The unspoken tax reform dilemma
According to the Center for Budget Policy and Priorities, “The Joint Committee on Taxation estimates that in 2016, while the corporate income tax raised $300 billion in revenues, targeted subsidies delivered to companies through the corporate tax code cost about $270 billion. As a result of these subsidies and other tax avoidance measures, many large U.S. companies pay very low rates. For example, Pfizer paid a rate of about 7.5 percent on its $12 billion in worldwide pre-tax income in 2014. Studies generally also find that U.S.companies’ tax rates vary widely by industry and type of investment.”
There seems to be some sort of magic mojo that is attached to both the House and Senate tax bills that will make everything wonderful, your kids smart and your mother-in-law suddenly find you adorable. Or, at least that is the way they seem to see it. The truth, on the other hand isn’t quite as proposed. Go figure. Their “magic” is based upon a rather tenuous basic assumption: “The U.S. Has Highest Corporate Tax Rate Among Major Economies.”
Unfortunately for them, no matter how many times you say it or how loudly you shout it, it just ain’t true. According to Danielle Kurtzelben, on NPR radio August 7, 2017, she rates it, “Mostly True”.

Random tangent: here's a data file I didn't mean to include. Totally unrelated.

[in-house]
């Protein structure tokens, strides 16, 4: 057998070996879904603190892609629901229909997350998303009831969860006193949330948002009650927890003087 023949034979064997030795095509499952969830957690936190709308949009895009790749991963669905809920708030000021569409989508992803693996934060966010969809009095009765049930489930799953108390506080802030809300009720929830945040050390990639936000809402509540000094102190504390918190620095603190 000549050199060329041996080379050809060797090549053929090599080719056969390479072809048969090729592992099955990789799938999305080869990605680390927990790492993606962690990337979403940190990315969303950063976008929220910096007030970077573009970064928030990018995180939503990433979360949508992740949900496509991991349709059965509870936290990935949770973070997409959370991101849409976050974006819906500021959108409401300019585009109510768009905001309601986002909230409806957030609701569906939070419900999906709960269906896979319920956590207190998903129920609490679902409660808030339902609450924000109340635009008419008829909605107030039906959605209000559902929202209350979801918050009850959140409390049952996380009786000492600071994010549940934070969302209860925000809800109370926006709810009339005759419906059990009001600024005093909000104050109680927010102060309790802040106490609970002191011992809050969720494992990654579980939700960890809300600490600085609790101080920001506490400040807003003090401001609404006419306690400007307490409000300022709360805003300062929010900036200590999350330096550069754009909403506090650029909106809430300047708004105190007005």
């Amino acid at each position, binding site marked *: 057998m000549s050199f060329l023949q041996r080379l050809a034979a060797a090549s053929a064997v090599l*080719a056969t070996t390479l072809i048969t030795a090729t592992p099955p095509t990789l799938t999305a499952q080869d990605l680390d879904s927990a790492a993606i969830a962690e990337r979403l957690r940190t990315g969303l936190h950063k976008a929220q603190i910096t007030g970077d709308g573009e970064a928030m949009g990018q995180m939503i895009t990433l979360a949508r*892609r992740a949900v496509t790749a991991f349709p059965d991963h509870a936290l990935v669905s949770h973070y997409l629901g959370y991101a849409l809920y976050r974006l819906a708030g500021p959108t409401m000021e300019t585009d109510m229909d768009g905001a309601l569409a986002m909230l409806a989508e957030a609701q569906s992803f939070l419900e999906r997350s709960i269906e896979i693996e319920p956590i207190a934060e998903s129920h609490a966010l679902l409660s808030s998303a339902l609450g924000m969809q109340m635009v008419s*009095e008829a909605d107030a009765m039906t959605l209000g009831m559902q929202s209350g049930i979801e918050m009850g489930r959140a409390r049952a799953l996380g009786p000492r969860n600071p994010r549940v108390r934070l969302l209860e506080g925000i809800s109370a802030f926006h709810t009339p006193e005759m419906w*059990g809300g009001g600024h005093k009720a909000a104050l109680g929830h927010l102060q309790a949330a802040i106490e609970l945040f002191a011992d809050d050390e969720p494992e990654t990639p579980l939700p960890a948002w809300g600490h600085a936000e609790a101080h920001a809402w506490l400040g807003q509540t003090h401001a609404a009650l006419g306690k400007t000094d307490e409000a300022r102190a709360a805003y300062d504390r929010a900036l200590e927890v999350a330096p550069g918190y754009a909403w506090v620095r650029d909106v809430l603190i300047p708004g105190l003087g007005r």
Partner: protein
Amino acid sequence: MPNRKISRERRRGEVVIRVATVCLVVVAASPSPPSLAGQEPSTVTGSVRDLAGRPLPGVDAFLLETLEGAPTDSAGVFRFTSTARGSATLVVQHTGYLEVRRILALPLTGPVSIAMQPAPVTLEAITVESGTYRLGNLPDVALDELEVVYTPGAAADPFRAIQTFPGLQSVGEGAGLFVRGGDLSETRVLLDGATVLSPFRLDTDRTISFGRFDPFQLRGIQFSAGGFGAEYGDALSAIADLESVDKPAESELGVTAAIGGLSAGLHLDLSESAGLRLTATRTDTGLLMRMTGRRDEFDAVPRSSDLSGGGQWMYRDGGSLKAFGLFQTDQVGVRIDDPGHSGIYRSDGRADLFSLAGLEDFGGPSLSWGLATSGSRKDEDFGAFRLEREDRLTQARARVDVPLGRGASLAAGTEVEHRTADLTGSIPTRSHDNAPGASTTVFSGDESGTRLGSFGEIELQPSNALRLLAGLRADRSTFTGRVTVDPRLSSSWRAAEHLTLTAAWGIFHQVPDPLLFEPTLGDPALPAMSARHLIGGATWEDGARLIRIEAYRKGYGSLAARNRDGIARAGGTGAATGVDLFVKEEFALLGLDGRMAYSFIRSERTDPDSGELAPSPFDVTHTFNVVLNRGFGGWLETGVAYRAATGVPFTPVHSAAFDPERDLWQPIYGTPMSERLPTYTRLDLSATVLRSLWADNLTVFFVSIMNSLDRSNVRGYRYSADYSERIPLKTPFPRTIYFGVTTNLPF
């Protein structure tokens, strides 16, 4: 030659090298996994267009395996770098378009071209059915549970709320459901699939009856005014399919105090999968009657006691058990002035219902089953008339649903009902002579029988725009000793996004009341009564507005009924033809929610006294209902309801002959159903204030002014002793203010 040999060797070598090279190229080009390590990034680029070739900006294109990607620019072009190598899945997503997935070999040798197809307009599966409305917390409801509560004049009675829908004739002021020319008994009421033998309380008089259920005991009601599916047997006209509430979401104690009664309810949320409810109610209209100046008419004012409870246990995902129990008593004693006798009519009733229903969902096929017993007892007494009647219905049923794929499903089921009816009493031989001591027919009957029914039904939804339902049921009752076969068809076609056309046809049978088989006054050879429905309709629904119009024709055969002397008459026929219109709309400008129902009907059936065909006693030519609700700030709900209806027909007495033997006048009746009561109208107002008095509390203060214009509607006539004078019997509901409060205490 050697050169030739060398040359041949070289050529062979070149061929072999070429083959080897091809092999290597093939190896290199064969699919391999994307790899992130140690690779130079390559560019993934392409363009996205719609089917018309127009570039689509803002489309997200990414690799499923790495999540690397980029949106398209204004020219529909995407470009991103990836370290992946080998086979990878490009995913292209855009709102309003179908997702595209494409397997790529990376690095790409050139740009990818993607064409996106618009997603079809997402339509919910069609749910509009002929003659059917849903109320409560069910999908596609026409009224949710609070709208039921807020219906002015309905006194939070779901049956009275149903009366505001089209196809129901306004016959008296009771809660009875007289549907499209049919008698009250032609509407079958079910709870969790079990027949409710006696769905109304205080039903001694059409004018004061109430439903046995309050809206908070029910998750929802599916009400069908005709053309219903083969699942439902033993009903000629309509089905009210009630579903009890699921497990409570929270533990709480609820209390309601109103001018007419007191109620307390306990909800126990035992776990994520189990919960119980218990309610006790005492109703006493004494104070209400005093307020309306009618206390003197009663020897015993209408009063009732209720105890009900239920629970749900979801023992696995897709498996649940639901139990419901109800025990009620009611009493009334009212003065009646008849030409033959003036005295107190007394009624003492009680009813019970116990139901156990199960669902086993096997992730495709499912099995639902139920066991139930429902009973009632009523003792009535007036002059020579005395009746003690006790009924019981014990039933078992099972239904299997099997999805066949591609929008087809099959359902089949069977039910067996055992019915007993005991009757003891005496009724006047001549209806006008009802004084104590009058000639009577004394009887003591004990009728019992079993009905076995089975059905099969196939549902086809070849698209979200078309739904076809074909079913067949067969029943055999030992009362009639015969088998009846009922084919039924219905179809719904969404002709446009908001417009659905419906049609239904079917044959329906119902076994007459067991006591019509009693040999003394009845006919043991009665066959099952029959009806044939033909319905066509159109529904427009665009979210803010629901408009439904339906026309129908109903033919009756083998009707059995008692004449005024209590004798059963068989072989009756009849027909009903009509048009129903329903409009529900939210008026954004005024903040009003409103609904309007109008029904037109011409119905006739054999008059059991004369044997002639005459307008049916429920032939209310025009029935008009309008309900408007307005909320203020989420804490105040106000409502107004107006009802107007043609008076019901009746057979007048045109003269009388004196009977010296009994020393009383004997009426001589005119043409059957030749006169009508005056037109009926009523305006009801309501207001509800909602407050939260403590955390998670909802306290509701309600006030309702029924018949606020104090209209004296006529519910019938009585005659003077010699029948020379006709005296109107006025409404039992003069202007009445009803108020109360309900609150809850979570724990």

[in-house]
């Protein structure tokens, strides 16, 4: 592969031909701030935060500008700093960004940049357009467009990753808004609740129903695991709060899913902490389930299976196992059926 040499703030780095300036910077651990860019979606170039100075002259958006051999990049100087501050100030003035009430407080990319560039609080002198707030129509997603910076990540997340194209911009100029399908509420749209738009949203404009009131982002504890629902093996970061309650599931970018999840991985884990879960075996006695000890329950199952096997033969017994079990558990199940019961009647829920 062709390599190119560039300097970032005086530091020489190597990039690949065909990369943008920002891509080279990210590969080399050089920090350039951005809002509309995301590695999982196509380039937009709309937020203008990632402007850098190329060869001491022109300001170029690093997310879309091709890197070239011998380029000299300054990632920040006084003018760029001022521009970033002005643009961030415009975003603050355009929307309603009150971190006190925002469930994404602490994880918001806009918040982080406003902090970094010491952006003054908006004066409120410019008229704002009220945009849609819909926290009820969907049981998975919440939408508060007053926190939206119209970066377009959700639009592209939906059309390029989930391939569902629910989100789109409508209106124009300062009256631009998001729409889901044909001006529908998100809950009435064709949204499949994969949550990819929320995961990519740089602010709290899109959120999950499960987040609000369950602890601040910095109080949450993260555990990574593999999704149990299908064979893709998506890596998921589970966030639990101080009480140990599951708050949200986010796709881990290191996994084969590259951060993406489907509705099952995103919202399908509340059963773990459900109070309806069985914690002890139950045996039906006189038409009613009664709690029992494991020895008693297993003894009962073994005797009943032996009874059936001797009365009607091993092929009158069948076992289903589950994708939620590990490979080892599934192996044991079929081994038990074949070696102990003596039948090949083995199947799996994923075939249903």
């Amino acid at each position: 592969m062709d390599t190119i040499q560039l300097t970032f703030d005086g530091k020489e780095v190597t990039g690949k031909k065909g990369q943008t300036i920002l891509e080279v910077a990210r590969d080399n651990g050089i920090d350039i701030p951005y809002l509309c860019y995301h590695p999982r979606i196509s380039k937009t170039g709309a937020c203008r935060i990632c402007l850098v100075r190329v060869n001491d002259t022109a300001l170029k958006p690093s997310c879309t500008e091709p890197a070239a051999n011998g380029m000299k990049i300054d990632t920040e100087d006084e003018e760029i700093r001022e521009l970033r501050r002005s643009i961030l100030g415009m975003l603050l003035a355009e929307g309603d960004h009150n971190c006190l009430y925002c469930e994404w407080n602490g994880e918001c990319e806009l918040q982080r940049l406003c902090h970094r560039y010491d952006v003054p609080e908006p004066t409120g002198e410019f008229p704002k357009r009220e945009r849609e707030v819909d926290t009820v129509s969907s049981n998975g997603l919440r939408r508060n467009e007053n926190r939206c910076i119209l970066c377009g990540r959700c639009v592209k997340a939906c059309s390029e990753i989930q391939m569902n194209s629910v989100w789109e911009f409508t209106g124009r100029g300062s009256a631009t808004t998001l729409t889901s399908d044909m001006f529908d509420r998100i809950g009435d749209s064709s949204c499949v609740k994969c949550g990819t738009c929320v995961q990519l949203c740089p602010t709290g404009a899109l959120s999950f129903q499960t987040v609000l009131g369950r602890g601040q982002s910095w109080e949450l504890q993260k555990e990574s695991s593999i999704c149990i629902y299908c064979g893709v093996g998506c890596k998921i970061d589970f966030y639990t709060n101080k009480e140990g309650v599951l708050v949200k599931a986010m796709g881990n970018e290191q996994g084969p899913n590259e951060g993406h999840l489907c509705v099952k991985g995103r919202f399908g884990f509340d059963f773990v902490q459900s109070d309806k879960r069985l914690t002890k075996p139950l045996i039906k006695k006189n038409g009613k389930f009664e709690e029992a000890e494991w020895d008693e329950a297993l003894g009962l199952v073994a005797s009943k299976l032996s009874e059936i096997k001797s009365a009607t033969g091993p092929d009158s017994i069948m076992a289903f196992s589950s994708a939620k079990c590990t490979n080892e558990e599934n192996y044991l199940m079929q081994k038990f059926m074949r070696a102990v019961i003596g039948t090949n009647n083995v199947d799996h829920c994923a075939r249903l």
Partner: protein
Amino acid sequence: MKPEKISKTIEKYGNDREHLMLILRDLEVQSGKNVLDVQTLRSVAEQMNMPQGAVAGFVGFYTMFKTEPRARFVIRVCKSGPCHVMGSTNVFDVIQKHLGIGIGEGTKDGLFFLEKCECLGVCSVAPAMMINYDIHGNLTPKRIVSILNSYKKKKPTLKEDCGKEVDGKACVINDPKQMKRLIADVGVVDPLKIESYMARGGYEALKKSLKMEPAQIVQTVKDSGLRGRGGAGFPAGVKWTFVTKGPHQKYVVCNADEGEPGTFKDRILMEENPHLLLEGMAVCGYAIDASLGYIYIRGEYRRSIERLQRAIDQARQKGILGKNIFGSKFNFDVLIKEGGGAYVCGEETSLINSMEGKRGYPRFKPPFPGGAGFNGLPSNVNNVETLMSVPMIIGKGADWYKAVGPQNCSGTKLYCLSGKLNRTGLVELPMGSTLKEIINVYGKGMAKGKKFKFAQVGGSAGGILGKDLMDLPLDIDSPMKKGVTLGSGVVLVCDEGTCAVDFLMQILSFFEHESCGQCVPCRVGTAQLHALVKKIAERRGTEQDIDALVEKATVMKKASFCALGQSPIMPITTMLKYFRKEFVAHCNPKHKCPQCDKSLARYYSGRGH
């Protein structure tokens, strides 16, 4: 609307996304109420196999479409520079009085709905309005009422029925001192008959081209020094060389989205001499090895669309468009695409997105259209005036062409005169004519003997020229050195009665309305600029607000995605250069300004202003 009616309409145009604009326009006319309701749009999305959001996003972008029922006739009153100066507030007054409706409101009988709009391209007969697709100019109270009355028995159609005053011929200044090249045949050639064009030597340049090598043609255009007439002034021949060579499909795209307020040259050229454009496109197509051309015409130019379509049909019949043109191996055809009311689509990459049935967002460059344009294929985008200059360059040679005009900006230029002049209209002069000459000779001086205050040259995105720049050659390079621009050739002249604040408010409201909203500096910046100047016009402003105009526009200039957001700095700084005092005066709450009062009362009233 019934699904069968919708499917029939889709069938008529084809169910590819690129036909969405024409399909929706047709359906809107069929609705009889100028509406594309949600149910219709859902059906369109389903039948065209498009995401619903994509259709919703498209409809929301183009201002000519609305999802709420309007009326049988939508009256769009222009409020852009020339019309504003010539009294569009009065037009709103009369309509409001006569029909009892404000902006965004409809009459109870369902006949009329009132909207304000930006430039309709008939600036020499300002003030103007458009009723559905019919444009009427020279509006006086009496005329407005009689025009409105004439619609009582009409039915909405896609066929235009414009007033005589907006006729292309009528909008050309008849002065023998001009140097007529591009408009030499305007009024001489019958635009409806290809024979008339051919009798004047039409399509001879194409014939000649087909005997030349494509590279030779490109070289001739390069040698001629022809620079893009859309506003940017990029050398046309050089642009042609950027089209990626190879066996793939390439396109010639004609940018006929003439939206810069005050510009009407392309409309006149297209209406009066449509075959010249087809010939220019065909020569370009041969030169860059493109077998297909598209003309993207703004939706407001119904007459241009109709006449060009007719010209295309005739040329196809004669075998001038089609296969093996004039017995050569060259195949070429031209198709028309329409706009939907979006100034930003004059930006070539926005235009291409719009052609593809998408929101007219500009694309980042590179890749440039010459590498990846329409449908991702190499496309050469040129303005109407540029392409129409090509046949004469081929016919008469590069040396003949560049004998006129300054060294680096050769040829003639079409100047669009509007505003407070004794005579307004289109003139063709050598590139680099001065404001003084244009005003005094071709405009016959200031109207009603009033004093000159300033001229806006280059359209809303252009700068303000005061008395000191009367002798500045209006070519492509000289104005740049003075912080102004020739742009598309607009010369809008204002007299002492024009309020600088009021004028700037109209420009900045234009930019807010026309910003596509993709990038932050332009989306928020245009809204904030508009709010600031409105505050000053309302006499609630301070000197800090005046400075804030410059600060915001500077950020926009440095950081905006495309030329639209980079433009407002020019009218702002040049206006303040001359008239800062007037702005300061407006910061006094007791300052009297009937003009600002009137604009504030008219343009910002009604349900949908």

In her reporting she states, “The “mostly” in the “mostly true” here comes from the fact that a couple of other places beat out the U.S., outside of OECD countries. According to the right-leaning Tax Foundation, the U.S. comes in third out of 188, at 38.9%, behind the United Arab Emirates and Puerto Rico. (Tax Foundation’s list includes some U.S. territories.) Factor in deductions and other expenditures, and the U.S. Corporate Tax Rate isn’t so high. That rate becomes 18.6%, still the fourth highest behind Argentina, Japan and the United Kingdom.”
Following that logic and assuming that a couple of things about the new tax plan are in play:
(1) The corporate tax deductions will remain unchanged (as stated by numerous congressmen and senators)
(2) The tax bill reduces the corporate tax bracket to 22.5% (the compromise of both house and senate versions)
Then the net tax paid by corporations would be the difference of those two rates. Do the math, subtract 18.6% from 38.9% and you get a 20.3% reduction. If you start out with 22.5% and deduct the same percentage the net average tax rate to corporations under the proposed plan will be 2.2% (???????) How is that good for anyone other than the rich?
I’m not an economist here so if anyone has a more enlightened or learned point of view here and I’m missing something, I’d love to read about it.
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